Many operators still have included SMS support in NB-IoT, but this can not be guaranteed. There are no SMS limitations on LTE-M.

Voice availability

One significant benefit of LTE-M is the support of voice functionality via VoLTE (voice over LTE). That means it can be used for applications requiring a level of human interaction, such as for health and security applications (for example, stay‑in‑place solutions and alarm panels).

Unfortunately, that can't be said about NB-IoT, which doesn't support voice functionality.

Conclusion

NB-IoT and LTE-M are optimised for devices that consume small amounts of data over long periods. The advantage of LTE-M and NB-IoT is longer battery life, which means a higher return on investment (ROI) and overall value to the business case.

No one has a crystal ball, so it's impossible to say which LPWAN technology will be most successful. But looking at current (and future) statistics, both LTE-M and NB-IoT can have clear advantages in certain situations. Because of its maturity, we think LTE-M is better suited for full-fledged commercial applications.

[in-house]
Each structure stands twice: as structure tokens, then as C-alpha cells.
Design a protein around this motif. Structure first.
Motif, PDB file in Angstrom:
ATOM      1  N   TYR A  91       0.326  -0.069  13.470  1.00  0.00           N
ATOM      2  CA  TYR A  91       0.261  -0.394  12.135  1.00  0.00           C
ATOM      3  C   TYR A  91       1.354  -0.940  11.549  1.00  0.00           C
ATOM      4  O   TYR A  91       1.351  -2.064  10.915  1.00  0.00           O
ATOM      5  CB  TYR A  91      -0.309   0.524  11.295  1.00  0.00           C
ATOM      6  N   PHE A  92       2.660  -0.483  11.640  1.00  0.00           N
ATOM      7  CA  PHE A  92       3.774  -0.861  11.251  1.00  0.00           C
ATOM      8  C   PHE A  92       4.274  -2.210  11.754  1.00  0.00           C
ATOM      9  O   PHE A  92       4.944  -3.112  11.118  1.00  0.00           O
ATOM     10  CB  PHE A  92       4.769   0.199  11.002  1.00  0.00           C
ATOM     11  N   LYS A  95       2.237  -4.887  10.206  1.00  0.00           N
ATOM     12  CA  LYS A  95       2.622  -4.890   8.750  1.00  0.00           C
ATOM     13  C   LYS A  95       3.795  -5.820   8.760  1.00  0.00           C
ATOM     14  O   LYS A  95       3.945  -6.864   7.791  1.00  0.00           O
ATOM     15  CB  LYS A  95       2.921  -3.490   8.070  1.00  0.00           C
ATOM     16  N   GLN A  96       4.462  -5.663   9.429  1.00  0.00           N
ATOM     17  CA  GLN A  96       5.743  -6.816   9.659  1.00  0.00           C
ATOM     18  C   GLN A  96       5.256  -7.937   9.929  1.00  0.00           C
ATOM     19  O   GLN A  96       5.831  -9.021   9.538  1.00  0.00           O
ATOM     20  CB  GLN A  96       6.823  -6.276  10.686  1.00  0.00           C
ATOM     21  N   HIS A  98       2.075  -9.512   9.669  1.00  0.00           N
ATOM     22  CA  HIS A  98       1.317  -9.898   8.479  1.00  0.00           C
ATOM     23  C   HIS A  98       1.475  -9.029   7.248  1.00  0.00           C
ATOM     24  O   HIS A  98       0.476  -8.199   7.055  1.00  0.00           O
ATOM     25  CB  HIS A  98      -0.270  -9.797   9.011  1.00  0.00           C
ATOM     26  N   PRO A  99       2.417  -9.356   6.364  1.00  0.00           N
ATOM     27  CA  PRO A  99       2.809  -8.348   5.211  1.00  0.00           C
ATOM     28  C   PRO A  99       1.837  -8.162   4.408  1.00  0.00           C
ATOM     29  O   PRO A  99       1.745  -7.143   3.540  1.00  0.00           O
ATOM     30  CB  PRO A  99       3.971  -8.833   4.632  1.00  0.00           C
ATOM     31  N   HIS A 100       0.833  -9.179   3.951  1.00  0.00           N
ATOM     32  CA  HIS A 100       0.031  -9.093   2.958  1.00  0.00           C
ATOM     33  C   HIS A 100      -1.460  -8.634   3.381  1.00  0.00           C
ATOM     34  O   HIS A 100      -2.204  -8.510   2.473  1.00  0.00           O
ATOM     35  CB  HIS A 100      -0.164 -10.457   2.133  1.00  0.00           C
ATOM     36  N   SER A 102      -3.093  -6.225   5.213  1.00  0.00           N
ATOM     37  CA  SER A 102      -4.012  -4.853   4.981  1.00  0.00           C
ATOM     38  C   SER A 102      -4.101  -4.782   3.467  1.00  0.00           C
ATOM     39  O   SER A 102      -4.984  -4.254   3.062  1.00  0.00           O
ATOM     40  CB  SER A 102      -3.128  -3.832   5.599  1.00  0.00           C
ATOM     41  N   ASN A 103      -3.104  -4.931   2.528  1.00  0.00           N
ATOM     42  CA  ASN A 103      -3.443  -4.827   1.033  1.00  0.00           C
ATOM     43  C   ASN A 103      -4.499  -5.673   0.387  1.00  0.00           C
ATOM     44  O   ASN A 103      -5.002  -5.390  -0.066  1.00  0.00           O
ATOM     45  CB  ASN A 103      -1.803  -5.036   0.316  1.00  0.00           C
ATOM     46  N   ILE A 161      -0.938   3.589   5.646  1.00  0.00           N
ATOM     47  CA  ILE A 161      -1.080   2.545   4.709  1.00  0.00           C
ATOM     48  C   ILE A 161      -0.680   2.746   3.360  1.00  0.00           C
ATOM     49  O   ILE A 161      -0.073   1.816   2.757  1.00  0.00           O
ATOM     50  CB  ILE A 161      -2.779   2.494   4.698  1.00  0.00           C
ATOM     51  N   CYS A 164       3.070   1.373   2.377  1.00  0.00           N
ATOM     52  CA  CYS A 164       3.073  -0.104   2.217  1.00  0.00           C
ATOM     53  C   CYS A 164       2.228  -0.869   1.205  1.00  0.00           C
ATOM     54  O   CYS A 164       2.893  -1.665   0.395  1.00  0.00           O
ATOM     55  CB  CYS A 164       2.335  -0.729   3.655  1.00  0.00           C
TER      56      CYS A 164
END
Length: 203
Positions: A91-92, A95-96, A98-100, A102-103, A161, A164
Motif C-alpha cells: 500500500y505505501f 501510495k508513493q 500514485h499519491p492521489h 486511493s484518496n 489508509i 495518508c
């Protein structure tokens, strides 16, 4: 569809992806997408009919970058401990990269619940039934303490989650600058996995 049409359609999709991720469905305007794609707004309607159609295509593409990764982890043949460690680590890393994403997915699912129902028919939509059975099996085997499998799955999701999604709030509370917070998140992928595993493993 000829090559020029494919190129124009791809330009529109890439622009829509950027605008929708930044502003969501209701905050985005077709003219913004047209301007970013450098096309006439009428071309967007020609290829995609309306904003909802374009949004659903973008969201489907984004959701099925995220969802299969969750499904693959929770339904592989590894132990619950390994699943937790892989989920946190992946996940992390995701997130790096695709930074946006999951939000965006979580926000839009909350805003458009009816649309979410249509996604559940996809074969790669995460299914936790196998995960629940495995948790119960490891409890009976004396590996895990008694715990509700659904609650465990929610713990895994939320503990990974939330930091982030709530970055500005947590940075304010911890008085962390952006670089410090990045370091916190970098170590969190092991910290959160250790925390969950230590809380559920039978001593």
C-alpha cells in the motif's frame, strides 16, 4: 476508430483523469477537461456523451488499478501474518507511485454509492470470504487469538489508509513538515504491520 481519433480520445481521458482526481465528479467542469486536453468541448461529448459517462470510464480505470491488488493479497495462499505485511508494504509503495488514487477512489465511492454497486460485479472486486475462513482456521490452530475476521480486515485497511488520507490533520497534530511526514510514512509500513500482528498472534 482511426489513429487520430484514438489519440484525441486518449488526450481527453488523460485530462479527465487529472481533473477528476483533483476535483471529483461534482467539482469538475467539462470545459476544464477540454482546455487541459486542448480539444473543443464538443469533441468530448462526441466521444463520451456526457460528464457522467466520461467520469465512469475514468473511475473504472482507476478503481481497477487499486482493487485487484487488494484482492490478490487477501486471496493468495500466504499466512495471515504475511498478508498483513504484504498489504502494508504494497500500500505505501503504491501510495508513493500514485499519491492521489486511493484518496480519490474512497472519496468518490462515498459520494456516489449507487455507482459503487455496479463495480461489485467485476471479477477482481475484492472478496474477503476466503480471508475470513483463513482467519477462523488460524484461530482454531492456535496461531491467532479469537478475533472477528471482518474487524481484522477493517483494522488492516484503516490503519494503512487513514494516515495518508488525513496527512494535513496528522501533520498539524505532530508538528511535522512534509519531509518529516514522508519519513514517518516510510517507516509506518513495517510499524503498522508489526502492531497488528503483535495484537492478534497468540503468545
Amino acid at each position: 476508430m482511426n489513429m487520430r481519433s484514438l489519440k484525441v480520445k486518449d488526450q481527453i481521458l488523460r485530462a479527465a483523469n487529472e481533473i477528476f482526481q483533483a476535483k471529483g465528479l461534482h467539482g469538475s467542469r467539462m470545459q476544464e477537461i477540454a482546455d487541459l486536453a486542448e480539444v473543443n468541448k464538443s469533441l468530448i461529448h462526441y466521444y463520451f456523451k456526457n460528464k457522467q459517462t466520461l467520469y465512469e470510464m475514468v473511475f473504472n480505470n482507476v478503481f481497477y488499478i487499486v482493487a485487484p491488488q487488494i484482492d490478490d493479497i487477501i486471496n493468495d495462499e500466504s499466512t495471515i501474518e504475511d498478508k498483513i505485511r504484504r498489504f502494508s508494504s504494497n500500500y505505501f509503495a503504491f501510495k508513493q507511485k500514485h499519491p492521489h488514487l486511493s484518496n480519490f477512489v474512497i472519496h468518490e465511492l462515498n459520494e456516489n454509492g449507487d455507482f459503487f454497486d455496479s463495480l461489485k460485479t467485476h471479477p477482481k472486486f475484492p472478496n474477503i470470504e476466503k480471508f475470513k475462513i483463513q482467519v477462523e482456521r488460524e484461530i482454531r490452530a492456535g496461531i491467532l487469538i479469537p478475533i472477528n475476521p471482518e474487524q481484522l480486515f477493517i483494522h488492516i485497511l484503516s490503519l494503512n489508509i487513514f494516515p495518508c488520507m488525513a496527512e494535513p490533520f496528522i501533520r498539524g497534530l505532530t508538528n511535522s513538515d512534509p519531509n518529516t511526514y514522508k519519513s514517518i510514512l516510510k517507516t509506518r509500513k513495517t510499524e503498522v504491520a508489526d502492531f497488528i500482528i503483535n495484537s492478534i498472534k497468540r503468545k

LTE-M is the more flexible of the two solutions. It is a solid, future-proof choice for connectivity, as it is suitable for both fixed and mobile devices. However, NB-IoT is more suitable for manufacturers with fixed devices for known countries where not much data is sent. In this case, stationary devices using NB -IoT can have years of battery life thanks to the power saving features.

I hope this blog has helped you learn more about the differences between these two standards and their suitable application. If you have any further questions, please do not hesitate to contact us at sales@1oT.com.